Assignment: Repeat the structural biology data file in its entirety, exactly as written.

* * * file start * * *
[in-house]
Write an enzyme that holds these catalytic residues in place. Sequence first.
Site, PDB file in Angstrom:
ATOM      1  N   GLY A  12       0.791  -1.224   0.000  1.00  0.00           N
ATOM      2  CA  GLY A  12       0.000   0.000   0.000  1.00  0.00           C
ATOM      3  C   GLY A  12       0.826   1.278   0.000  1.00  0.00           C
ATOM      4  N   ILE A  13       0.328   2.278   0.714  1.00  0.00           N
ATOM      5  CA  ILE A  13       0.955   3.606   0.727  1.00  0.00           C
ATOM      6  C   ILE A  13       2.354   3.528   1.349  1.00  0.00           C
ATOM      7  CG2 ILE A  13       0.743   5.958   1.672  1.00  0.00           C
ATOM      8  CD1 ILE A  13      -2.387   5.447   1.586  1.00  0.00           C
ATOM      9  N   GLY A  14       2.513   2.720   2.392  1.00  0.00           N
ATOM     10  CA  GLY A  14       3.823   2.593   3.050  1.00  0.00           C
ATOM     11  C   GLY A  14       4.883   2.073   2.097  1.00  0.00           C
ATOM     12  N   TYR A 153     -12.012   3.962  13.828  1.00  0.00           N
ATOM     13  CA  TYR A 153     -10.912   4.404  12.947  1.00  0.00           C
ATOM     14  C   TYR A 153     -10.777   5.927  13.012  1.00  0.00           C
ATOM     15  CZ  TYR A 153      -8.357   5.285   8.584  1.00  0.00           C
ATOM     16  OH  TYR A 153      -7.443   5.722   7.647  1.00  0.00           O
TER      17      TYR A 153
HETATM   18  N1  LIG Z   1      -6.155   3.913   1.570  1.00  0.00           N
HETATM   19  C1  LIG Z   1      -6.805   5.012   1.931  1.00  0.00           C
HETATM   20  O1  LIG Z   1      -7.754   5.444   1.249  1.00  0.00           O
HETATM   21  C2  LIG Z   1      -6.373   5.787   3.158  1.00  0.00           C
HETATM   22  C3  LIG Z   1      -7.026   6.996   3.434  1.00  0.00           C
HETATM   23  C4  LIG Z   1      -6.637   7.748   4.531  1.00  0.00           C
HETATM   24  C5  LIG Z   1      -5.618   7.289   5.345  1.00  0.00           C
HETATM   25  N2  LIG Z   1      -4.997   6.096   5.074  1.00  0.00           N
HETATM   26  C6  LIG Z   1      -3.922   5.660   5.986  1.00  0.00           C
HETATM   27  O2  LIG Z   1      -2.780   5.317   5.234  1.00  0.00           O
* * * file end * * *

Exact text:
[in-house]
Write an enzyme that holds these catalytic residues in place. Sequence first.
Site, PDB file in Angstrom:
ATOM      1  N   GLY A  12       0.791  -1.224   0.000  1.00  0.00           N
ATOM      2  CA  GLY A  12       0.000   0.000   0.000  1.00  0.00           C
ATOM      3  C   GLY A  12       0.826   1.278   0.000  1.00  0.00           C
ATOM      4  N   ILE A  13       0.328   2.278   0.714  1.00  0.00           N
ATOM      5  CA  ILE A  13       0.955   3.606   0.727  1.00  0.00           C
ATOM      6  C   ILE A  13       2.354   3.528   1.349  1.00  0.00           C
ATOM      7  CG2 ILE A  13       0.743   5.958   1.672  1.00  0.00           C
ATOM      8  CD1 ILE A  13      -2.387   5.447   1.586  1.00  0.00           C
ATOM      9  N   GLY A  14       2.513   2.720   2.392  1.00  0.00           N
ATOM     10  CA  GLY A  14       3.823   2.593   3.050  1.00  0.00           C
ATOM     11  C   GLY A  14       4.883   2.073   2.097  1.00  0.00           C
ATOM     12  N   TYR A 153     -12.012   3.962  13.828  1.00  0.00           N
ATOM     13  CA  TYR A 153     -10.912   4.404  12.947  1.00  0.00           C
ATOM     14  C   TYR A 153     -10.777   5.927  13.012  1.00  0.00           C
ATOM     15  CZ  TYR A 153      -8.357   5.285   8.584  1.00  0.00           C
ATOM     16  OH  TYR A 153      -7.443   5.722   7.647  1.00  0.00           O
TER      17      TYR A 153
HETATM   18  N1  LIG Z   1      -6.155   3.913   1.570  1.00  0.00           N
HETATM   19  C1  LIG Z   1      -6.805   5.012   1.931  1.00  0.00           C
HETATM   20  O1  LIG Z   1      -7.754   5.444   1.249  1.00  0.00           O
HETATM   21  C2  LIG Z   1      -6.373   5.787   3.158  1.00  0.00           C
HETATM   22  C3  LIG Z   1      -7.026   6.996   3.434  1.00  0.00           C
HETATM   23  C4  LIG Z   1      -6.637   7.748   4.531  1.00  0.00           C
HETATM   24  C5  LIG Z   1      -5.618   7.289   5.345  1.00  0.00           C
HETATM   25  N2  LIG Z   1      -4.997   6.096   5.074  1.00  0.00           N
HETATM   26  C6  LIG Z   1      -3.922   5.660   5.986  1.00  0.00           C
HETATM   27  O2  LIG Z   1      -2.780   5.317   5.234  1.00  0.00           O